With the uptick in the economy, as an active startup mentor, I’m seeing a new surge of entrepreneurs and startups, with the commensurate scramble for funding. There just aren’t enough Angel investors and VCs to go around. Thus I’m getting more questions on new mechanisms, like crowd funding, and an old one long out of favor, the so-called “reverse merger.”
A reverse merger is the acquisition of an already public company (usually a dormant shell) to avoid the Initial Public Offering (IPO) process and cost, to quickly get your startup on a public exchange for fund raising through visibility and selling stock. It sounds like a great way to raise money, but here are some of the challenges you need to consider before trying it:
Make sure the shell you choose is squeaky clean. The image of shell companies has long been tarnished by true stories of shareholder lawsuits and “pump and dump” schemes. I recommend you work only with financial and broker organizations who have done the due diligence required, and who have a track record of success.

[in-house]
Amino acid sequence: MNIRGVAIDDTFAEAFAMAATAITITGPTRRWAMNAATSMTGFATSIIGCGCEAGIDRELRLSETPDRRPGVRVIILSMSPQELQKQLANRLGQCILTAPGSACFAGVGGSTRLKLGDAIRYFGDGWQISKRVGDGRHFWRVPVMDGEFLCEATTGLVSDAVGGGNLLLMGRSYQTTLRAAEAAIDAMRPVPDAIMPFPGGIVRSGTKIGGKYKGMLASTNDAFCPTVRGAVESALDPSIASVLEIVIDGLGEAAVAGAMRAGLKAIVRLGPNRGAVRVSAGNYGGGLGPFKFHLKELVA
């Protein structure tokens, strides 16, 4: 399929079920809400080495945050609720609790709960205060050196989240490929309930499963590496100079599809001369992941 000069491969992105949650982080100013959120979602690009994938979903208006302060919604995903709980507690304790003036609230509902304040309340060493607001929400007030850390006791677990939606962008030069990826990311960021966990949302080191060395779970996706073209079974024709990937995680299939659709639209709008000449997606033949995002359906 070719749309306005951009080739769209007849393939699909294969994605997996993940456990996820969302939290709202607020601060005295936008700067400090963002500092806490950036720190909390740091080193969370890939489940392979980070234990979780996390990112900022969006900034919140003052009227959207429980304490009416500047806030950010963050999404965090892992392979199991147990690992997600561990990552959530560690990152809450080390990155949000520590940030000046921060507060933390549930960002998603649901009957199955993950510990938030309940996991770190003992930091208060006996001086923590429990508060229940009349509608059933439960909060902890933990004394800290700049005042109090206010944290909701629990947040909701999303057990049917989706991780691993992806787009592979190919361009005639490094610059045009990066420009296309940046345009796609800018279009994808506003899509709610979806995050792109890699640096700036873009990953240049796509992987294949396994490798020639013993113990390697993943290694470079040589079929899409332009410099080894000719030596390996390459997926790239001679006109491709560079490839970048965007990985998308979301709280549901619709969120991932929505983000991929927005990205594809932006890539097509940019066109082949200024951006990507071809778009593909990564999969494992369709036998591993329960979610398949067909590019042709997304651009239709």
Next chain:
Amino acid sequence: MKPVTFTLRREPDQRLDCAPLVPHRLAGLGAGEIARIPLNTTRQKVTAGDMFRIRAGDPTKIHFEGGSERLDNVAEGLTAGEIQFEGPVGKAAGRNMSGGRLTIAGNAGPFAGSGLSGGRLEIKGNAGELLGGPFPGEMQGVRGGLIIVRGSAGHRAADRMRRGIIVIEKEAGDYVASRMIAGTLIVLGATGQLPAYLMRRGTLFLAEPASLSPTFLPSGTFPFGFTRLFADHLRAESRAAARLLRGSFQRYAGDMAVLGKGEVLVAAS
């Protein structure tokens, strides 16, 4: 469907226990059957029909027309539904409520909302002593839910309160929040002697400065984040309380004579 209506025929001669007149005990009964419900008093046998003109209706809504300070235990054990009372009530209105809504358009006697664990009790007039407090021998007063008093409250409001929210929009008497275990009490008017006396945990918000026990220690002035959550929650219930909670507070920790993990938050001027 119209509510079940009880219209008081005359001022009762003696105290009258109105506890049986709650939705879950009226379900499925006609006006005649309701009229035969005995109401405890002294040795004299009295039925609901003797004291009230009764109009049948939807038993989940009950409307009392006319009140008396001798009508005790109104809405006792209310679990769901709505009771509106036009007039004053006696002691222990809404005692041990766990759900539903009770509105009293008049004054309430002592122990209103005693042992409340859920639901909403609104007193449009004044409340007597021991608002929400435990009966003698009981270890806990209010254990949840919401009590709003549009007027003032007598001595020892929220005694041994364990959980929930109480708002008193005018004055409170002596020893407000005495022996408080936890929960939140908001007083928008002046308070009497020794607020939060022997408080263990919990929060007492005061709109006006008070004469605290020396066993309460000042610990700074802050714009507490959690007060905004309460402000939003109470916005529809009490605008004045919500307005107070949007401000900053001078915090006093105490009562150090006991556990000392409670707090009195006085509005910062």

It takes real money to get into the game. The cost of the shell, plus the cost of navigating the process, can now easily exceed a half-million dollars, depending on the shell company, according to The Labrecht Group, a law firm based in Irvine, California and Salt Lake City. This approach is not for entrepreneurs already out of money.